The Sarah Stone Collection

A fascinating collection of original watercolours by a talented female natural history artist.

Sarah Stone page 4

James King © Australian Museum Research Library

One of the Australian Museum Research Library's greatest treasures is a collection of 132 watercolours bound in red morroco, unpublished, bearing no title page except an attribution written in pencil : 'A collection of drawings by Sarah Stone of the principal objects of curiosity in Sir Ashton Lever's Museum, consisting of natural history, the arms ornaments and dresses of the inhabitants of New Zealand and other countries discover'd by Capt. Cook'.

In 1928 the Museum received this generous donation from Mr George Robertson of Angus and Robertson, Ltd. The illustrations are of objects from the eighteenth century Leverian Museum also known as Sir Ashton Lever’s Holophusikon. Sarah Stone’s drawings are the last visual record of this significant collection. The collection contained a number of objects collected on Captain Cook's second and third voyages. Unfortunately the Museum was auctioned off in lots in 1806. The objects were dispersed to individual buyers, smaller collections and other museums. The Sale Catalogue from this time listed the lots of objects being auctioned and accompanying annotations list some of the buyers.

Not much is known about Sarah Stone. There is no record of her birth although a younger sister of hers was born in London. A portrait of Sarah Stone was published in the Universal Review in 1890 well after her death. In 1789 Sarah Stone married Captain John Langdale Smith, she was almost 30 at the time of her marriage. They had a son Henry Stone Smith. Some of the images she has drawn are credited to her using her married name Mrs Smith.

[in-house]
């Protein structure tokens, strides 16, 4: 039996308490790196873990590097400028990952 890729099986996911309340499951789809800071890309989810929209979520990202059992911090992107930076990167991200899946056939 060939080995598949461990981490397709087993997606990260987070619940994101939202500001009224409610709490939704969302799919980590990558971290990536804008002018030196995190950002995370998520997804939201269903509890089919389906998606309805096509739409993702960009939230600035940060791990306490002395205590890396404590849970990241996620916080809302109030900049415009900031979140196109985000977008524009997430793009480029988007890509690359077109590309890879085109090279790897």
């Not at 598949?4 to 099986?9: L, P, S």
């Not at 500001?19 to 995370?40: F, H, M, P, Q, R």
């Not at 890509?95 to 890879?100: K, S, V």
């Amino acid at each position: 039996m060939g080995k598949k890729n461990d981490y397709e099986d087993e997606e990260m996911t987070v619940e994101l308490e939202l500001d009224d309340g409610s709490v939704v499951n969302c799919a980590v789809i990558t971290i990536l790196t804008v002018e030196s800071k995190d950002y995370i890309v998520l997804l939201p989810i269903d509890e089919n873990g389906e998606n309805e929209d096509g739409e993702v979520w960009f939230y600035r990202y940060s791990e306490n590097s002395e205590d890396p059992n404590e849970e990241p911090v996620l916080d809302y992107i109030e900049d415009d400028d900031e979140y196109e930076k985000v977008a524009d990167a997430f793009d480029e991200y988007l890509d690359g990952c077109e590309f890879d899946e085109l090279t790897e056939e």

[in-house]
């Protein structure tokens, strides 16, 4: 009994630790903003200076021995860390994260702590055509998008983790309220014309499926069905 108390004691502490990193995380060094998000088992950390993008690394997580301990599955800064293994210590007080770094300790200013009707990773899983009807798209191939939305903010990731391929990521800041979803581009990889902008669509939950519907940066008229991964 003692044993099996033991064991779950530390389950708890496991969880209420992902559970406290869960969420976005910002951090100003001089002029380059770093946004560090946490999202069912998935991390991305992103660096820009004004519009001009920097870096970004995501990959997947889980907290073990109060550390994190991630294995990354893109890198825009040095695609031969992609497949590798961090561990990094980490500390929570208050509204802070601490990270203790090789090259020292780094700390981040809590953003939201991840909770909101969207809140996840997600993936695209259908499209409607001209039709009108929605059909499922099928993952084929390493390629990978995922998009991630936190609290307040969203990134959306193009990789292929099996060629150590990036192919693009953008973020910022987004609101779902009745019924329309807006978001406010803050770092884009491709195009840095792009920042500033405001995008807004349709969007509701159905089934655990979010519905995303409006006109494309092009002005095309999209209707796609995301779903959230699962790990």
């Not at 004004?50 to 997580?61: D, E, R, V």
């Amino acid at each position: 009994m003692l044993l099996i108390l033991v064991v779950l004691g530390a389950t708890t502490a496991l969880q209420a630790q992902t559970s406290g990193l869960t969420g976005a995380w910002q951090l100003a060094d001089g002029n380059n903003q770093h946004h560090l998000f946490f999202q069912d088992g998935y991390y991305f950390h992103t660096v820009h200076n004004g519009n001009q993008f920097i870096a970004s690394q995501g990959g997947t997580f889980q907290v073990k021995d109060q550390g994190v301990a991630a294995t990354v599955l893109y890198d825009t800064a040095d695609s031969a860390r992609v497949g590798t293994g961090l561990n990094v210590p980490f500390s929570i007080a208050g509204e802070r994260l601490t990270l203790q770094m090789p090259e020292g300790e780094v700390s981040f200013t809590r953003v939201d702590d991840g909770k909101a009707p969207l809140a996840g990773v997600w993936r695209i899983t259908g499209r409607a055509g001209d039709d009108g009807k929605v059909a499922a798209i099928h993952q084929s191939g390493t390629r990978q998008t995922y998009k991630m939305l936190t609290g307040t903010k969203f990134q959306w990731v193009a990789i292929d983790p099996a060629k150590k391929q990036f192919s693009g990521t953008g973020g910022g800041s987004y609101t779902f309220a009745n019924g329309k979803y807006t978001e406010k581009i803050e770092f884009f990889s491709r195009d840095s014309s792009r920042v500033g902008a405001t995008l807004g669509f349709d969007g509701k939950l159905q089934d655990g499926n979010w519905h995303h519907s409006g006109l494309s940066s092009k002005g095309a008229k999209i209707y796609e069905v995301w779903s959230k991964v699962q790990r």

Sir Ashton Lever commissioned Sarah Stone in the 1770s to paint the objects in his Museum, she continued to paint at the Leverian Museum throughout the 1780s and started painting the ethnographical items in 1783. It is not known how Sir Ashton and Sarah came to meet.

Sarah Stone’s work is the last record of a prominent eighteenth century collection recorded at a time when exploration of unknown territory was yielding artefacts and specimens never seen before. Public curiosity was heightened and Sir Ashton Lever’s new museum in London drew large audiences. Australians would recognise her art from her illustrations in John White’s Journal of a Voyage to New South Wales published in 1790. This journal is one of the 5 first fleet accounts of the new colony. The Leverian Museum under the later stewardship of James Parkinson exhibited some of the ‘never seen before’ Australian specimens collected by John White.

Most of the objects in the watercolours in this volume still need to be identified and tagged. If you have information about the object please tag it or contact the Research Library with your information.

Sarah Stone Bibliography:

  • Anderson, Charles. A link with the Leverian Museum Australian Museum Magazine vol. 3, no. 8 (1928) pp. 255-256.
  • Force, T & M, 1968. Art and artifacts of the 18th century: objects in the Leverian Museum as painted by Sarah Stone. Bishop Museum Press.
  • Jackson, Christine E. Sarah Stone: natural curiosities from the new worlds, 1998, Natural History Museum, London.
  • King, J.C.H. New evidence for the contents of the Leverian Museum, Journal of the History of Collections 8 no.2 (1996) pp. 167-186.
  • Leverian Museum. A companion to the Museum. 1790, and The sale catalogue of the entire collection. 1806. A facsimile reprint of the above two rare volumes published by Harmer Johnson & John Hewett, 1979.
  • Shaw, George. Museum Leverianum, containing select specimens from the museum of the late Sir Ashton Lever, Kt. with descriptions in Latin and English by George Shaw, published by James Parkinson, proprietor of the above collection. 1792-1796.
  • White, John Journal of a voyage to New South Wales : with sixty-five plates of non descript animals, birds, lizards, serpents, curious cones of trees and other natural productions. 1790, printed for J. Debrett, London.

 


Ms Leone Lemmer
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